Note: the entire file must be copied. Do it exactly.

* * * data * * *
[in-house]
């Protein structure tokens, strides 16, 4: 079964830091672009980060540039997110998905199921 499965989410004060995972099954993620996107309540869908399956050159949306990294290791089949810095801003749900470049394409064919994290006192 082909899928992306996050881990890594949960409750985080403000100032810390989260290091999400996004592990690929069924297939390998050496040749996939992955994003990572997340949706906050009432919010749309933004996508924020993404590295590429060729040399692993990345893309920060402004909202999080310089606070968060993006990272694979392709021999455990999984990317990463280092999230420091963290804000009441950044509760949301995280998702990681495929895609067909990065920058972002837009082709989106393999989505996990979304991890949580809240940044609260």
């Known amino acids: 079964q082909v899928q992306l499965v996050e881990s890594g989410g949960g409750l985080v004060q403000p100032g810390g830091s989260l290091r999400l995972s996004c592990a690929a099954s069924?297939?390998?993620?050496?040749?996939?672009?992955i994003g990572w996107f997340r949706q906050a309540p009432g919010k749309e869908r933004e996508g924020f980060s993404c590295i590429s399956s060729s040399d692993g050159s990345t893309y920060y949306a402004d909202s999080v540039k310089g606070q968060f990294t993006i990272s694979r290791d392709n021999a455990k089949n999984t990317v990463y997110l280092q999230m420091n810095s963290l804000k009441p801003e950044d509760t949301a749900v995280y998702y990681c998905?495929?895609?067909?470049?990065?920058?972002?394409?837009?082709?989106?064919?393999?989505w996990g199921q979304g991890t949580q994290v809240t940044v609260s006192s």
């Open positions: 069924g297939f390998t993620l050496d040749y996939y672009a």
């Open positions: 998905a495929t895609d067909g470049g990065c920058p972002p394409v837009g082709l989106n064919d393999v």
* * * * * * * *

[in-house]
């Protein structure tokens, strides 16, 4: 079964830091672009980060540039997110998905199921 499965989410004060995972099954993620996107309540869908399956050159949306990294290791089949810095801003749900470049394409064919994290006192 082909899928992306996050881990890594949960409750985080403000100032810390989260290091999400996004592990690929069924297939390998050496040749996939992955994003990572997340949706906050009432919010749309933004996508924020993404590295590429060729040399692993990345893309920060402004909202999080310089606070968060993006990272694979392709021999455990999984990317990463280092999230420091963290804000009441950044509760949301995280998702990681495929895609067909990065920058972002837009082709989106393999989505996990979304991890949580809240940044609260």
């Known amino acids: 079964q082909v899928q992306l499965v996050e881990s890594g989410g949960g409750l985080v004060q403000p100032g810390g830091s989260l290091r999400l995972s996004c592990a690929a099954s069924?297939?390998?993620?050496?040749?996939?672009?992955i994003g990572w996107f997340r949706q906050a309540p009432g919010k749309e869908r933004e996508g924020f980060s993404c590295i590429s399956s060729s040399d692993g050159s990345t893309y920060y949306a402004d909202s999080v540039k310089g606070q968060f990294t993006i990272s694979r290791d392709n021999a455990k089949n999984t990317v990463y997110l280092q999230m420091n810095s963290l804000k009441p801003e950044d509760t949301a749900v995280y998702y990681c998905?495929?895609?067909?470049?990065?920058?972002?394409?837009?082709?989106?064919?393999?989505w996990g199921q979304g991890t949580q994290v809240t940044v609260s006192s």
């Open positions: 069924g297939f390998t993620l050496d040749y996939y672009a």
């Open positions: 998905a495929t895609d067909g470049g990065c920058p972002p394409v837009g082709l989106n064919d393999v």